Why the EMBA Matters

Not long after his arrival, Tony Chelte, dean of the College of Business at the University of Arkansas at Little Rock, began talking about resurrecting the EMBA degree program. From all reports, initial response ranged from lukewarm to skeptical in most of the stakeholder groups, except for the business community. Perhaps business leaders understand what others whose view of business education is more theoretical do not: that a vibrant EMBA program is a critical part of a thriving regional economy.

What makes it so critical is the “E.” An Executive MBA means that the students are already established businesspeople with managerial, leadership or executive accountability. Their approach to their education will be informed by real experience, enriching and enlivening the learning. An EMBA also provides employers with a way to make a meaningful investment in high-potential leaders without sending them out of state.

So what is different about the newly launched EMBA? The traditional subjects of accounting, finance, marketing, economics and such are there, of course. But this new program leverages the experience of students as well as that of faculty.   Mirroring the life of students at work, projects and assignments are done in teams, with components integrated into the assignments from across the academic subjects.

Also key is that leadership and what are typically called “soft skills” have not just a place in the program but an ongoing role. This form of adult learning allows for deep practical understanding for students. And sponsoring employers see and can use the increased capability in both technical skills and managerial depth.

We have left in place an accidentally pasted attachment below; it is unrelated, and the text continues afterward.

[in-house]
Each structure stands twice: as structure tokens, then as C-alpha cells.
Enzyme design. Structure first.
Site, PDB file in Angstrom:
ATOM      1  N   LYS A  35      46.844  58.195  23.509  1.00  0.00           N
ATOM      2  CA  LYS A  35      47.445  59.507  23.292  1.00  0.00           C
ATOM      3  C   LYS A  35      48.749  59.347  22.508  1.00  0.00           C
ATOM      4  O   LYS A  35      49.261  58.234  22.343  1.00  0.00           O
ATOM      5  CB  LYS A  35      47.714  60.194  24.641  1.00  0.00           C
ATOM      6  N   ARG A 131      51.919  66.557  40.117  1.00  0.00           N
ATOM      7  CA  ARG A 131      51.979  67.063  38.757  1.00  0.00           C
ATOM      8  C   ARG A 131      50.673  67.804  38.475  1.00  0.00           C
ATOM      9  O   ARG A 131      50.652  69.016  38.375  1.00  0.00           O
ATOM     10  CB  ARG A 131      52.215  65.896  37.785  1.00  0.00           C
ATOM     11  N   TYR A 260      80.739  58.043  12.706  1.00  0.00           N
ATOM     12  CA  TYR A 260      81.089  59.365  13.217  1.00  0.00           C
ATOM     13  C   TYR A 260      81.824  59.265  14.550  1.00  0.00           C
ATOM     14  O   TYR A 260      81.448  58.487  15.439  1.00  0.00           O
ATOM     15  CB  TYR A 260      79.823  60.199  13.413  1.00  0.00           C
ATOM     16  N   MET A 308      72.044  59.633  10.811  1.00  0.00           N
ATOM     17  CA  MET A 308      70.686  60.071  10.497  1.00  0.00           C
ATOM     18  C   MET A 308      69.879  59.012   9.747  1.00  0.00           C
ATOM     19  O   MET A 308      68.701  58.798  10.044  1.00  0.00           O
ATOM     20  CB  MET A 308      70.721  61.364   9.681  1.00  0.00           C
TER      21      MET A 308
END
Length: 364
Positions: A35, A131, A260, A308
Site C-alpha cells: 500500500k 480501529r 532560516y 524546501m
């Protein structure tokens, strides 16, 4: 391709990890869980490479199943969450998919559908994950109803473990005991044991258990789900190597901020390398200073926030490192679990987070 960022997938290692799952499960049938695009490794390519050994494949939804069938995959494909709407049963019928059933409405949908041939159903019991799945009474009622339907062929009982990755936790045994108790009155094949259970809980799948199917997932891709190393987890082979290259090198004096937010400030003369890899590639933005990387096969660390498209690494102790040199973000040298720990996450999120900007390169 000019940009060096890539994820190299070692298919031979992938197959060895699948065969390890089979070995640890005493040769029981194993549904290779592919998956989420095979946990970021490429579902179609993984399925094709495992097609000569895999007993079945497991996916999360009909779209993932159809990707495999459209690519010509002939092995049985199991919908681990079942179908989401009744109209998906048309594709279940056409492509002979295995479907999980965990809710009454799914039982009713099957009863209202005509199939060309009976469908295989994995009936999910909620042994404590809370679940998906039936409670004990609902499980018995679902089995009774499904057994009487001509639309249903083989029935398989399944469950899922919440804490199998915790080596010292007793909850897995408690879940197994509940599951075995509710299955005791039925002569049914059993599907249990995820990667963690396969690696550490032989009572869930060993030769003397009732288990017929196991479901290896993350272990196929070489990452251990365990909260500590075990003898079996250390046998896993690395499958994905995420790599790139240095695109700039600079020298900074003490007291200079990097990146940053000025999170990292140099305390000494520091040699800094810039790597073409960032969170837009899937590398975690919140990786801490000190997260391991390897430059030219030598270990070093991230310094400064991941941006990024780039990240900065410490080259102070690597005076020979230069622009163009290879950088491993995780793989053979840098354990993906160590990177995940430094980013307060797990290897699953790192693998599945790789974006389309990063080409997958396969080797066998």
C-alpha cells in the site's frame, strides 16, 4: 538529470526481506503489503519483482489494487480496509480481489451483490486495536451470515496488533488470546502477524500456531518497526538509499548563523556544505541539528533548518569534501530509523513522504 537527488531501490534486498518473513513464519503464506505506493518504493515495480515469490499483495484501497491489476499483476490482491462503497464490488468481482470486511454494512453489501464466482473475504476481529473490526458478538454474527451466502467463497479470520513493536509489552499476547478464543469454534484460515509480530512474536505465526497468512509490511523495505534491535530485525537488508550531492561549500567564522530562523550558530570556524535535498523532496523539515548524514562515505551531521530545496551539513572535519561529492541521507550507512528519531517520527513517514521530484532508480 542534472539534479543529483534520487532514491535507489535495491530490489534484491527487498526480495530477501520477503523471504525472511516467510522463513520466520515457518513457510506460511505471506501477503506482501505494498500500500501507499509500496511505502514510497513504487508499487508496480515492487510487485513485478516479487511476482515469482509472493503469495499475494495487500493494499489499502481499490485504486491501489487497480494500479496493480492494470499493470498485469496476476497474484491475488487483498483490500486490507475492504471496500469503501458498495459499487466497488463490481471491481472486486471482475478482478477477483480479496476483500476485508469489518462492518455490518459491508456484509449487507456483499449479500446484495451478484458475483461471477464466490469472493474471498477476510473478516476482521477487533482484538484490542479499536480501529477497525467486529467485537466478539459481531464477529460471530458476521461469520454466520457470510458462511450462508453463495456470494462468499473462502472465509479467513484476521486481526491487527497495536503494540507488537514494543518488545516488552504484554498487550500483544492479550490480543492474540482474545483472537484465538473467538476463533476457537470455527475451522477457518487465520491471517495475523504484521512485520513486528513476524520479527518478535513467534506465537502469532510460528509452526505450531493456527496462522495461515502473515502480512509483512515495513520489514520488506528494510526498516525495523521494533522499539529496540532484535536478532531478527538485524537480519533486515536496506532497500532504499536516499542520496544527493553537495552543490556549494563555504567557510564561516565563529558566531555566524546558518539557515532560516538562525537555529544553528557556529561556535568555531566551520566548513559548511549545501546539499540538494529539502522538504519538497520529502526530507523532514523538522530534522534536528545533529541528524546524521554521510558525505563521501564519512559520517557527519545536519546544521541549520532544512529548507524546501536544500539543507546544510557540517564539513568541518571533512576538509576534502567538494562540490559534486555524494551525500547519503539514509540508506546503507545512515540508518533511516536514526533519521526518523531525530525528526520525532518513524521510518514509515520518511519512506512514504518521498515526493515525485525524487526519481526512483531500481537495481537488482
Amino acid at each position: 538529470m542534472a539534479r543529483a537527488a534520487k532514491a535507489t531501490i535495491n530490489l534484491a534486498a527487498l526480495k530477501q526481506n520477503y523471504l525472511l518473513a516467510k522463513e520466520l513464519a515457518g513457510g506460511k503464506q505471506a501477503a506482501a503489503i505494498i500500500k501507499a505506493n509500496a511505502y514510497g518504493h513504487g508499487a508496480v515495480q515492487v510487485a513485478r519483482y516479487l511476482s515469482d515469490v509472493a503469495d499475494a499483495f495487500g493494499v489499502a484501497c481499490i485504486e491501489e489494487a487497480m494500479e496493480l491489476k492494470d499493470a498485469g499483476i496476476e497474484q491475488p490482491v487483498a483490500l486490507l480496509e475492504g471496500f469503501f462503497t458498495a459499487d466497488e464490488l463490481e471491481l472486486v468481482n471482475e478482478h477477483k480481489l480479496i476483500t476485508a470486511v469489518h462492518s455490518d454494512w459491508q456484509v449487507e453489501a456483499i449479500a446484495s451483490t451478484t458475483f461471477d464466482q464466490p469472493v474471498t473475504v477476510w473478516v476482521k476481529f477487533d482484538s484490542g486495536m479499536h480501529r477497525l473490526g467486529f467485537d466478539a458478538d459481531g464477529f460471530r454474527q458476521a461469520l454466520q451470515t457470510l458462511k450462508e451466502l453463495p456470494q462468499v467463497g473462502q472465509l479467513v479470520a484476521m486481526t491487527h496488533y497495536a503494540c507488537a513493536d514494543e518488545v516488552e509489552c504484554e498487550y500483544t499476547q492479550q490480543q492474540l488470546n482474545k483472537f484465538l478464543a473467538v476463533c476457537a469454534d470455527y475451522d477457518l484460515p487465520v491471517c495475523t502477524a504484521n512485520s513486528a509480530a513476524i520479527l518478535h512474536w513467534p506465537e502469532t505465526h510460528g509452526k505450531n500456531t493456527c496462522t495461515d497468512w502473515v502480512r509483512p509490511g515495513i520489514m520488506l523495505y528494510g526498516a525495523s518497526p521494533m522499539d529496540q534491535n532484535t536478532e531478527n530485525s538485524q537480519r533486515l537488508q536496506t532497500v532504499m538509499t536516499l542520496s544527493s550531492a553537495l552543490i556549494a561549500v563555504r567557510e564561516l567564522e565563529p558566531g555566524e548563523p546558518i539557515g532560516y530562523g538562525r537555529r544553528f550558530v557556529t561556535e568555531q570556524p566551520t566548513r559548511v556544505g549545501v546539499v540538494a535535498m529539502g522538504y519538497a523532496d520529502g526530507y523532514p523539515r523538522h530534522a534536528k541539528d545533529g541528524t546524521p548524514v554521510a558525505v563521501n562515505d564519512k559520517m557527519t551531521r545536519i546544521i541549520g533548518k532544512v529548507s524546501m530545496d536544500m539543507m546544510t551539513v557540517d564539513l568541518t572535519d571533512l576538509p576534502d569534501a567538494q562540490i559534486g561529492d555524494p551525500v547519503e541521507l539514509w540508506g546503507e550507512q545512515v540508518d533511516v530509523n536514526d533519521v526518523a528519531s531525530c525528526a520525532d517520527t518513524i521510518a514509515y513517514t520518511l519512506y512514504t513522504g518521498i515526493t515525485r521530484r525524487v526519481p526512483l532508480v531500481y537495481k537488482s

MBAs have had a bad run in both the press and the broader culture. The image of the soulless, greedy, self-absorbed Gordon Gekko clone has been our target of choice for taking out anger and frustration stemming from the collapse of financial markets to the current high rates of unemployment.

But things have been quietly changing in the MBA community. Initiatives such as the MBA Oath have been taking root as a way to integrate into business leadership the need for ethical self-oversight and care for the larger community.  I am not talking about altruism here, but instead a more sustainable form of capitalism. Here again, I trust the EMBA as a catalyst for such self-regulation, simply because those students have been leading somewhere and likely already have experienced the impact of their own actions. And after all, experience is still the best teacher, at least where there is a willing pupil. I can tell you from my experience with the class that our conversations about leadership, team performance, coaching and governance show a level of sophistication that only a few years of managerial experience will engender.

The EMBA has one other asset that reinforces its “real world” value. The initial class is diverse, not only in the background of students, but the organizations that they work for. This mixture of culture, race, gender, industry, accountability and company size provides remarkable breadth of thinking and approaches to problem solving.

Add to all this a trip to South America designed to ground classes in international business with global experience, and you can see clearly the asset to the local economy these graduates can become. Learning to see a challenge through a completely new lens is a key leadership capacity and not an experience easy to duplicate.

Any program that can be both an economic development engine and turn out technically capable, ethically self-regulating leaders is an asset to the region. The proof will be seen in the coming decades, but it is clear that the UALR EMBA program, already an asset to the community, is off to a strong start.

Originally published in Arkansas Business, Barry Goldberg On Leadership, July 4, 2011.